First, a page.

And yet, even though this latest effort is more accomplished and skillfully executed than their previous outings, you can’t help but feel that Days of Abandon doesn’t quite sink in and have the staying power that the Pains’ best work had and still has, that there’s not quite the same kind of heart and soul in its heartbreak. In some cases, it’s because the songs can almost seem like they’re refined to the point that they become clinical and sterile, swapping visceral appeal for sophistication and losing in the bargain. That’s an inkling you get right at the beginning with the slight opening number “Art Smock”, which comes off too delicate and frail in the shy vocals and quiet acoustic strum as Berman attempts to grasp at some Platonic ideal of fragile indie-pop takes him too far away from his generally right-on instincts. The same goes for the overly deliberate “Coral and Gold”, which dithers around with atmosphere too much and misses its window of opportunity by opening up into a blossoming melody a little too late to grab and hold your attention.
But what makes Days of Abandon less warm and immediate than the Pains’ previous peaks is that even as Berman has broadened his palette and expanded his range of possibilities, his musical vocabulary seems more borrowed and derivative than before. In other words, the irony is that while Berman has become a better, more canny songwriter, he’s become a less original one too. Even the album’s more compelling pieces have their been-there-heard-that passages, particularly the way you can’t quite shake how “Beautiful You” sounds like the Pains’ homage to Smashing Pumpkins paying tribute to the Cure, with a touch of My Bloody Valentine noise candy sneaking in, as if to remind you of the influences Berman already wore on his sleeve. Without a musical language that’s more his own, Berman tends to fall back on recycled tones and accents when he’s at his most ambitious on Days of Abandon, like when you catch yourself humming “Just Like Heaven” to yourself on the grunge-poppy “Until the Sun Explodes” or when you hear how “Eurydice” intros to a Loveless-like sheet of shoegaze, then goes out to vocal lines that somehow approximate the Arcade Fire doing a version of the National’s “Graceless”.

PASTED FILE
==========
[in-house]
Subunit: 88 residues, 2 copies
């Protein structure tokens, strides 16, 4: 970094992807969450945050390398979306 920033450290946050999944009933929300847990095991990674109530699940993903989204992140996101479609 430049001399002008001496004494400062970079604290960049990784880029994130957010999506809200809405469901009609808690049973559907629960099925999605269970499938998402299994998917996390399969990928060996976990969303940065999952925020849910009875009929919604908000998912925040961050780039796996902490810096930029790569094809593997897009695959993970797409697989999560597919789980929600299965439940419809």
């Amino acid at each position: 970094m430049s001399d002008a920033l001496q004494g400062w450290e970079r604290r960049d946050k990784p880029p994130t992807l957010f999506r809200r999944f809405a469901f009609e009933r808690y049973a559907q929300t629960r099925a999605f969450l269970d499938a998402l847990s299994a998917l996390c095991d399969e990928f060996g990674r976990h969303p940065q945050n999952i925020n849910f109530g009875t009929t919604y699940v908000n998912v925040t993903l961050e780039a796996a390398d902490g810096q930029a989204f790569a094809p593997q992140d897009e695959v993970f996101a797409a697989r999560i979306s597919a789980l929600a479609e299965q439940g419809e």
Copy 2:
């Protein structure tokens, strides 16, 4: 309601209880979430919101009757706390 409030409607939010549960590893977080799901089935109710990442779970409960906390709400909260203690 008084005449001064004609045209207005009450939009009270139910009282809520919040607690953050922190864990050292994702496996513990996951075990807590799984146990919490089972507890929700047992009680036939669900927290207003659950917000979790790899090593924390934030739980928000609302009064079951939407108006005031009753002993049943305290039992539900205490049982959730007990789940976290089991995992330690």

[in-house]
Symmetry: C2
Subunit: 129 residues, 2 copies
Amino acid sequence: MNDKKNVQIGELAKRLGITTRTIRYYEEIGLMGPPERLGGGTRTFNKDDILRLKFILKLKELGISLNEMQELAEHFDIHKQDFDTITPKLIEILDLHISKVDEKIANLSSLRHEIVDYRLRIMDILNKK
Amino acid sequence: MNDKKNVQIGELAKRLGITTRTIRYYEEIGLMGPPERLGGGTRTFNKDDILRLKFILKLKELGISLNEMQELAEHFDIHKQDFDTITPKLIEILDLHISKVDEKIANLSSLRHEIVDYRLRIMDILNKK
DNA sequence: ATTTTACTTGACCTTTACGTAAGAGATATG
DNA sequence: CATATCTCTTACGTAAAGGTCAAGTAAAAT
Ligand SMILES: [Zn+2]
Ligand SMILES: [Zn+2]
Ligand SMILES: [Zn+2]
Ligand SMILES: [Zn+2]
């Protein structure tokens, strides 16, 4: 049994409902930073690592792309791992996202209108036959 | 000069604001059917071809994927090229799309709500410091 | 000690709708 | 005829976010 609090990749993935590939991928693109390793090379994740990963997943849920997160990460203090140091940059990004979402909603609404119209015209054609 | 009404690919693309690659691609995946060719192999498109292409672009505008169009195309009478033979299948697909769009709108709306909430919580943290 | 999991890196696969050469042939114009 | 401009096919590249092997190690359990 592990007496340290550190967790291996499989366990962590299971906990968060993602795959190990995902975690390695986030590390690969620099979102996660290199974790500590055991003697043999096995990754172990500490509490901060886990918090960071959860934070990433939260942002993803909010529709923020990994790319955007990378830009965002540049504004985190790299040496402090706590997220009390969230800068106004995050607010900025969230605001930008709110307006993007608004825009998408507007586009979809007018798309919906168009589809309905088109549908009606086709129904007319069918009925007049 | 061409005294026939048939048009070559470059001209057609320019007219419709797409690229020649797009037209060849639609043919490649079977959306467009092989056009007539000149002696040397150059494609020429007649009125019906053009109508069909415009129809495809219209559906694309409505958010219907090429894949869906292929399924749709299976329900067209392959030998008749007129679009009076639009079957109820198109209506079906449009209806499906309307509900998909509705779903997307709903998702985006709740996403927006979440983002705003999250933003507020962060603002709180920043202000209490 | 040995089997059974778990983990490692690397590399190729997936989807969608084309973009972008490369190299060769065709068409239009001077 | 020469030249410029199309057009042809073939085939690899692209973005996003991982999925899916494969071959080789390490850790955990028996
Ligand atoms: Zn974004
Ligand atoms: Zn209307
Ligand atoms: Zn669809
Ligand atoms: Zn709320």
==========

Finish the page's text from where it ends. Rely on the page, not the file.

Ultimately, Days of Abandon is an album that feels like the Pains of Being Pure at Heart are trying to settle into a new sense of what it is as a band, whether that’s because Kip Berman is still continuing to find his voice as a songwriter or because his music sometimes sounds more like its influences than what it once was not so long ago. That’s the surprising outcome to Days of Abandon, considering that the Pains of Being Pure at Heart had more of a defined identity before the new album than after it.